Self-funded candidates and their research
Information about the self-funded PhD candidates and their research, in alphabetical order.
- Aarts, S.A.J.J.
- Baart, J.M.
- Brakel, E.F.E. van
- Brus, A.B.
- Carriero, D.M.
- Chiu, K.
- Cock, M.P.
- Couvée, P.
- Dijk, J.M.M. van
- Doeselaar, F.P. van
- Durys, K.M.
- Geus, J.E. de
- Gommers, M.A.
- Harvey, P.J.
- Herwijnen, H.F. van
- Hollander, Y.
- Homer, N.H.
- Hoof, E.J.M.A. van
- Hui, T.
- Hulst, H.D.
- Isiko, A.P.
- Josserand, C.M.H.
- König, J.G.M.
- Korte, H.J.J.
- Kroon, A.
- Lambert, E.M.L.
- Landewé, W.
- Loots, G.M.P.
- Mais, C.
- Mark, T.J. van der
- Molt, E.A.
- Moriconi, G.
- Nederveen, T.
- Ommen, K. van
- Poel, R.H.M. van der
- Putter, J.M. de
- Reyes Elizondo A.E.
- Schaeps, J.M.P.
- Sewgobind, P.
- Somers, J.A.
- Stamkot, R. (Bert)
- Sun, Y.
- Teunissen-Nijsse, P.M.
- Tilburg, C.R. van
- Vailati, T.E.
- Veer, C.B. van 't
- Veiga, L.
- Vieveen, N.T.J.
- Westerman, J.
- Widyalankara, Y.A.
- Zwaard, A.M.
Motte-and-bailey castles in Brabant: their expanding role and significance, and the growth of the Duchy (1000 – 1250)
supervisor: Prof. Dr. H.L. Janssen
The research will inventorise past and present motte-and-bailey castles in the old Duchy of Brabant, covering four present day provinces and the capital region of Brussels. These motte-and-bailey castles will be examined against the backdrop of castle studies’ archaeological and historical knowledge on the construction methods of the motte-and-bailey castle as a type of castle. Research will concentrate on Western Europe and on the Netherlands and Belgium in particular. Closer examination into the rise and expansion of the Duchy of Brabant – including the integration of ‘North Brabant’- creates the historical framework in which these early baileys and their noble families are set. Previous published studies in this area are available on: www.basaarts.nl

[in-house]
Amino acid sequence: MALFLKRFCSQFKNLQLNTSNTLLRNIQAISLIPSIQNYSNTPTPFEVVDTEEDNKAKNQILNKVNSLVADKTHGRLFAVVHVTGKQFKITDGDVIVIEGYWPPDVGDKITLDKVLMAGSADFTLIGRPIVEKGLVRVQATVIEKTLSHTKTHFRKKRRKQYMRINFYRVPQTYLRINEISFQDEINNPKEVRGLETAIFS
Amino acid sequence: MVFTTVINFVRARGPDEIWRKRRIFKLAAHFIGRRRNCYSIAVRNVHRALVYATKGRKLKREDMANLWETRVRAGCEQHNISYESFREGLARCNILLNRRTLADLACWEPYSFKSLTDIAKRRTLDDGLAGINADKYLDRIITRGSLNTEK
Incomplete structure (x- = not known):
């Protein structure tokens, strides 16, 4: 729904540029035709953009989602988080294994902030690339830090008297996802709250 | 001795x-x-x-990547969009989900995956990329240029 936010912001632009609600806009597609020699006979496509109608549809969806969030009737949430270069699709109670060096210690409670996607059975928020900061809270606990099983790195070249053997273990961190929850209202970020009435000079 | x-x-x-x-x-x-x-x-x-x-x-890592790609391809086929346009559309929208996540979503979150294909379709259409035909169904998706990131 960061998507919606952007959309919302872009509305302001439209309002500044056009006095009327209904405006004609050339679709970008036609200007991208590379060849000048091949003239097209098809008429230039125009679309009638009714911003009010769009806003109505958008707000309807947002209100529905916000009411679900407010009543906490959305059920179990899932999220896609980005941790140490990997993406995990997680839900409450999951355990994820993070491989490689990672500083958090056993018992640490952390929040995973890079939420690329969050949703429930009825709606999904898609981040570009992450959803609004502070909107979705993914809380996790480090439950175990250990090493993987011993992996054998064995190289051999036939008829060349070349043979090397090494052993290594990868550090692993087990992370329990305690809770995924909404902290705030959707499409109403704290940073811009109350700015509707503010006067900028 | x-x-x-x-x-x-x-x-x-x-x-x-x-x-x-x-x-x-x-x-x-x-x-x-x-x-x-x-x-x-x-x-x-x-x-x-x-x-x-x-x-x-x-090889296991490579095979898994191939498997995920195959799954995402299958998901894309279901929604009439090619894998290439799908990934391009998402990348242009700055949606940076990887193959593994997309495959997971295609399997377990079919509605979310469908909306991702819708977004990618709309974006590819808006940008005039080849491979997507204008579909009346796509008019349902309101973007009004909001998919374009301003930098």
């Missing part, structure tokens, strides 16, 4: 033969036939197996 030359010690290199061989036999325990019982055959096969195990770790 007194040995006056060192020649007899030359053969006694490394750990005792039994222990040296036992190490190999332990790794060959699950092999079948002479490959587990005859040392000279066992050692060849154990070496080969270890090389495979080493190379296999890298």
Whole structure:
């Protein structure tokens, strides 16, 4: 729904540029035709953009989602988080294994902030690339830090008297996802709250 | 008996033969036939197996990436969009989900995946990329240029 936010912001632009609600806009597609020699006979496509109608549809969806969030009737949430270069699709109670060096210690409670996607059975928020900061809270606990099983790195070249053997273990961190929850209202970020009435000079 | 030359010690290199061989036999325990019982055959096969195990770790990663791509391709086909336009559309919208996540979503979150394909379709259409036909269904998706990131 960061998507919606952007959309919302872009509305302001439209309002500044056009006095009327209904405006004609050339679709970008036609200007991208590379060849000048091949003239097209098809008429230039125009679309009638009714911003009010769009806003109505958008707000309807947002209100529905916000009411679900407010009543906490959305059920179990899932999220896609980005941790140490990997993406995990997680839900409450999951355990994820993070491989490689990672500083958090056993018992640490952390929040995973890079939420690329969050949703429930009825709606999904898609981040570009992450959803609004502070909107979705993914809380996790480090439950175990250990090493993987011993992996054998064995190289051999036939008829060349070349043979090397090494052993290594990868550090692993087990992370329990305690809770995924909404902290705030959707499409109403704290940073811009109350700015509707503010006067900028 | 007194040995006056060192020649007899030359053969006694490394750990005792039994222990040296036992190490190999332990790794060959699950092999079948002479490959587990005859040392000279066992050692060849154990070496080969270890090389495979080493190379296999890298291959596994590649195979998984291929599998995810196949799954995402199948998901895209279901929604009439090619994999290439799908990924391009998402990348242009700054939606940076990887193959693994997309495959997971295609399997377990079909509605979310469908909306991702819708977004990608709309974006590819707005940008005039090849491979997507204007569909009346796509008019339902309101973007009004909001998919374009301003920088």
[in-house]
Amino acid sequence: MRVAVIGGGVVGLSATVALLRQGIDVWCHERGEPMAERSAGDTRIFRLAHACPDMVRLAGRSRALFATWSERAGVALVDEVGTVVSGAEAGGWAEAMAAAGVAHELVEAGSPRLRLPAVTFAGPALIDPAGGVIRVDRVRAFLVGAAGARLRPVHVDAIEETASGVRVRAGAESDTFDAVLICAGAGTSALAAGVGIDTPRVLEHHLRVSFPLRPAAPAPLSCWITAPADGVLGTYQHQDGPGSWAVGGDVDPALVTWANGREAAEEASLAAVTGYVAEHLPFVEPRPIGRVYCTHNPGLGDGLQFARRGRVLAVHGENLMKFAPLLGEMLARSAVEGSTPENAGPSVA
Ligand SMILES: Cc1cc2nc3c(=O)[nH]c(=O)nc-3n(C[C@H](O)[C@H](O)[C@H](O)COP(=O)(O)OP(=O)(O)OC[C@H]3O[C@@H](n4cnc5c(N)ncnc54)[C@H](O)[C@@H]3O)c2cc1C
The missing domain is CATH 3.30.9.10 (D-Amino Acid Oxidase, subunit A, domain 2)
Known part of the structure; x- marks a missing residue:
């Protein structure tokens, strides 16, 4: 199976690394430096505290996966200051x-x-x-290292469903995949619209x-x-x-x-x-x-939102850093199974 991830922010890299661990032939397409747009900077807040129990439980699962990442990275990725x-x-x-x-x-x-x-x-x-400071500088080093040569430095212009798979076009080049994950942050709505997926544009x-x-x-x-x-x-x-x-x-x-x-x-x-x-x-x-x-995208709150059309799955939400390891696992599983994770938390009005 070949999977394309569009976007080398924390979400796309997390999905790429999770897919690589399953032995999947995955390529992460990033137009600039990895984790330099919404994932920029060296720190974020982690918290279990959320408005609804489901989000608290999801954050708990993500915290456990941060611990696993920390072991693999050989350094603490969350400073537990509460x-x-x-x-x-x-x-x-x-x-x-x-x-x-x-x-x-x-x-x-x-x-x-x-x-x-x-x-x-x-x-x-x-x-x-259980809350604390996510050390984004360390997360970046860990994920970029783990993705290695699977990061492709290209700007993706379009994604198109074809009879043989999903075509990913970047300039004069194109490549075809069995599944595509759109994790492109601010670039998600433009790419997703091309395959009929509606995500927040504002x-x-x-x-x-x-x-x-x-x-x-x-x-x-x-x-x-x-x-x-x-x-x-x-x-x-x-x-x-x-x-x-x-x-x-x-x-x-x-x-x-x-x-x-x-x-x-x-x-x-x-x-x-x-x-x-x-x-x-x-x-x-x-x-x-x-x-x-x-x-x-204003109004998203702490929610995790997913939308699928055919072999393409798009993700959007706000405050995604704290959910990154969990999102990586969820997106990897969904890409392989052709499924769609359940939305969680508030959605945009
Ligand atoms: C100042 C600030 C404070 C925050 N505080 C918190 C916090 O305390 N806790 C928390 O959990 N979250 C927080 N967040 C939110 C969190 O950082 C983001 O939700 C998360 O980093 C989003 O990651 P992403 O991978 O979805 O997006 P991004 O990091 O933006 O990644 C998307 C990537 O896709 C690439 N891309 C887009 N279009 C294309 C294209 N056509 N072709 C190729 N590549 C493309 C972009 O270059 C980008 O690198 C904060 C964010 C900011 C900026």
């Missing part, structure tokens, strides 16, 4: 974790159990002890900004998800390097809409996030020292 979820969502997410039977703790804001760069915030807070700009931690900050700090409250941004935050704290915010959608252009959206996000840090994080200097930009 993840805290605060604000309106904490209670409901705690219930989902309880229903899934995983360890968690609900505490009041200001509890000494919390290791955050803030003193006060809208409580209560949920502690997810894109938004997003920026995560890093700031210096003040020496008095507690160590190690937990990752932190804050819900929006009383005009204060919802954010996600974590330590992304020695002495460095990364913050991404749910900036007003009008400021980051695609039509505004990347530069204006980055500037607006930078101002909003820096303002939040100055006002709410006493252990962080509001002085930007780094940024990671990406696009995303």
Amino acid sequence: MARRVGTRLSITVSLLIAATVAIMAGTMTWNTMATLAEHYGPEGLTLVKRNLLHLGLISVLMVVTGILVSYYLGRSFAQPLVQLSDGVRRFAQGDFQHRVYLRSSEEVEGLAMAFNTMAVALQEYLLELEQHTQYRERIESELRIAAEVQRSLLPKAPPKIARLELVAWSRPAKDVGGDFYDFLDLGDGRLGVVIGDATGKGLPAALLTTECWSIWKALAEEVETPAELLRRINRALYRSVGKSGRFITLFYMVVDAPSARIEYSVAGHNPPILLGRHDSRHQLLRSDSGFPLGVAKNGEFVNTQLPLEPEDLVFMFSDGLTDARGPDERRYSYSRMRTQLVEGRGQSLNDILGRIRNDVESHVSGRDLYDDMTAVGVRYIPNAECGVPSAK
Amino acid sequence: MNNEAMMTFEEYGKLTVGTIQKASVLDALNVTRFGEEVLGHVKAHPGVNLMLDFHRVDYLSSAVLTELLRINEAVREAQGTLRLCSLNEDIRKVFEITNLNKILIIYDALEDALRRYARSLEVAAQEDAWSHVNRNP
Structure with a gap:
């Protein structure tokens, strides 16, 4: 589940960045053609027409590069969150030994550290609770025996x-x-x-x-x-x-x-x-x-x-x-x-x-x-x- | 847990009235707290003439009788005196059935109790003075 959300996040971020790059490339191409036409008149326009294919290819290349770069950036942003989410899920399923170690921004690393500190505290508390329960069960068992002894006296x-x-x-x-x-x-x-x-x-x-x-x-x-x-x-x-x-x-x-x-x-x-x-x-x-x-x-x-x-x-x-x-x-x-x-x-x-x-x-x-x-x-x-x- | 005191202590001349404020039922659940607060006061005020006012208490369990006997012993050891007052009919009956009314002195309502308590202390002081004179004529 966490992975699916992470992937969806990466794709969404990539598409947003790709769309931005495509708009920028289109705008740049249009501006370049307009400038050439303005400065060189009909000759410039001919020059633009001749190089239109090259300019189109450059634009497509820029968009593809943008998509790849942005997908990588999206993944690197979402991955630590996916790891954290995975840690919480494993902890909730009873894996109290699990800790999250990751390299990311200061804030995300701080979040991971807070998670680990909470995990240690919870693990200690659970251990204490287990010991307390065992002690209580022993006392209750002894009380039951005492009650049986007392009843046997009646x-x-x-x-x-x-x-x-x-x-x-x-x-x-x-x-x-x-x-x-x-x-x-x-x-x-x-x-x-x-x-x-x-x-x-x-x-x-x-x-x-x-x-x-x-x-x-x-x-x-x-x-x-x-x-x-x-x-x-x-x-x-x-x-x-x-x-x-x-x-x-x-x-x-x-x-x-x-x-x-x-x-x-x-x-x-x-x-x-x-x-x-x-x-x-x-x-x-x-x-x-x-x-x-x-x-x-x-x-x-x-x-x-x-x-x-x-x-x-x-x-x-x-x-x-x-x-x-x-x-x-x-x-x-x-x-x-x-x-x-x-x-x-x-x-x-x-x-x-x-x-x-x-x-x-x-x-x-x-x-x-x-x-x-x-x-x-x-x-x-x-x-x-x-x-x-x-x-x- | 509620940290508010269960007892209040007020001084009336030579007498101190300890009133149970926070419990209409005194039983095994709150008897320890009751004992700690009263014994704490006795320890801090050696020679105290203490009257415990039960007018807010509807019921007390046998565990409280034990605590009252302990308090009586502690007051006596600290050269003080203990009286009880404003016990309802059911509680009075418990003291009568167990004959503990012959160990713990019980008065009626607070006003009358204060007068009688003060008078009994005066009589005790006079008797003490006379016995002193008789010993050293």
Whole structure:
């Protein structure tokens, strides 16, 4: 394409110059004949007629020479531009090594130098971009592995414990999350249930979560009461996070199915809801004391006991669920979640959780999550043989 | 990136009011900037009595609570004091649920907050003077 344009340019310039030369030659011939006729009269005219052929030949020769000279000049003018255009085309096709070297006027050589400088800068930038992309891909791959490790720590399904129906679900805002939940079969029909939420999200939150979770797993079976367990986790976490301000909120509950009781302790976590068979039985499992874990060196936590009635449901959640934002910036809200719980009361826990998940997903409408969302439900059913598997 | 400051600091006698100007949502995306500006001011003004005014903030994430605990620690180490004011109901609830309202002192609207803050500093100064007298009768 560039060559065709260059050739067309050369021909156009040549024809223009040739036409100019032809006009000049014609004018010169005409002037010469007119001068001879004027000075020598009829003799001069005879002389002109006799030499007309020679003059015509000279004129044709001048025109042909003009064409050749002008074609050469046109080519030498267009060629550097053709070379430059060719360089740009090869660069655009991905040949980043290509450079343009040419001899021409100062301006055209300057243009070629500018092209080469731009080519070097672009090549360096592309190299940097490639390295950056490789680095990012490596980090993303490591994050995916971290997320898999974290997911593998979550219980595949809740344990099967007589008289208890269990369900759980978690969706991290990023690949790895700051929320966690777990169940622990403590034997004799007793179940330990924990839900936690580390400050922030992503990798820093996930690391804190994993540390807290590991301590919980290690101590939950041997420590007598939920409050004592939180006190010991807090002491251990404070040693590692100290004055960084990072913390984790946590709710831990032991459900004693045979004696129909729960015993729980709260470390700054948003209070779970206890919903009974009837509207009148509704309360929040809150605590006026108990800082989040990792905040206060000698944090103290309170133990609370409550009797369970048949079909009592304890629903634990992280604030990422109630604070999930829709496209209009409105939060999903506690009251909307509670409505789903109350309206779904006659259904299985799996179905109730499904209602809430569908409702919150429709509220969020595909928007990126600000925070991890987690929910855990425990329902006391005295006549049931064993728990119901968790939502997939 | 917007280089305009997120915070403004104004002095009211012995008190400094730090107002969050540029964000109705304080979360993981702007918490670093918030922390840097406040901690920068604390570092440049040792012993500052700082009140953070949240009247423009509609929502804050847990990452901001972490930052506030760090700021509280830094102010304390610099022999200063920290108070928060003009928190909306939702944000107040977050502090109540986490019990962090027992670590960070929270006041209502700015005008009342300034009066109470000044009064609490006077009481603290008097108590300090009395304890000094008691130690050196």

Portuguese faience 1600-1660
supervisor: Prof. dr. T.M. Eliëns
Portuguese faience claims an important place in the development and spread of faience in Europe. The technique of faience spread from Italy, the birthplace of faience, across Europe in the 16th century. It was introduced to Portugal from Spain at the end of the 16th century. This research covers the period 1600-1660, which is viewed as the period in which Portuguese faience flourished and was exported internationally. An inventory will be made of the collections in museums in Portugal as well as in Europe and beyond for examination.
Excavations over the last decades have revealed several new pieces of Portuguese faience that provide complimentary information to museum collections. Excavations in the Netherlands, and in Amsterdam in particular, have been significant.
A third component of the research will identify the Portuguese pieces that were used in church architecture in Portugal.
Die Darstellung kultureller Identität in zeitgenössischer postkolonialer Literatur
supervisor: Prof. dr. A. Visser
Gibt es eine deutschsprachige postkoloniale Literatur? Gewiss! Vorausgesetzt, man beschränkt den Begriff "postkolonial" nicht auf den kleinsten Nenner: das deutsche Kolonialreich mag es im Gegensatz zum britischen Empire nicht lange gegeben haben, es hat aber die Identität derer, die es betraf, auf Dauer geprägt. Am deutlichsten zeigt sich das dadurch, dass Deutschland sich seines kulturellen und historischen Kolonialerbes allmählich mehr bewusst wird. Aus diesem Grund lässt sich der durchschlaggebende Erfolg der Publikation "Moderne Imperialisten. Das Kaiserreich im Spiegel seiner Kolonien" von Birthe Kundrus in 2003 erklären.
Die kulturelle Identität eines Volkes und seiner Individuen entsteht per definitionem auf dem Weg der Ethnogenese: sie bildet sich mehr oder wenig im Zusammenwachsen unterschiedlicher kultureller Einflüsse. Im diesem Prozess kam und kommt es in der (post)kolonialen Gesellschaft manchmal zu großen Reibungen. Denken Sie an den Genozid an den Namas und Hereros und das Gedenken dessen in 2004. Über diesen Prozess gibt es auch Erfreulicheres zu berichten: Jedes Jahr schreibt Die Allgemeine Zeitung, die älteste Zeitung Namibias, über den Karneval in Windhuk. Ist das deutsch oder namibisch? Die literarische Wiedergabe in den Werken von u.a. Michael Roes, Hans C. Buch, Alex Capus, Daniel Mepin en Patrice Nganang ist Gegenstand meiner Untersuchung.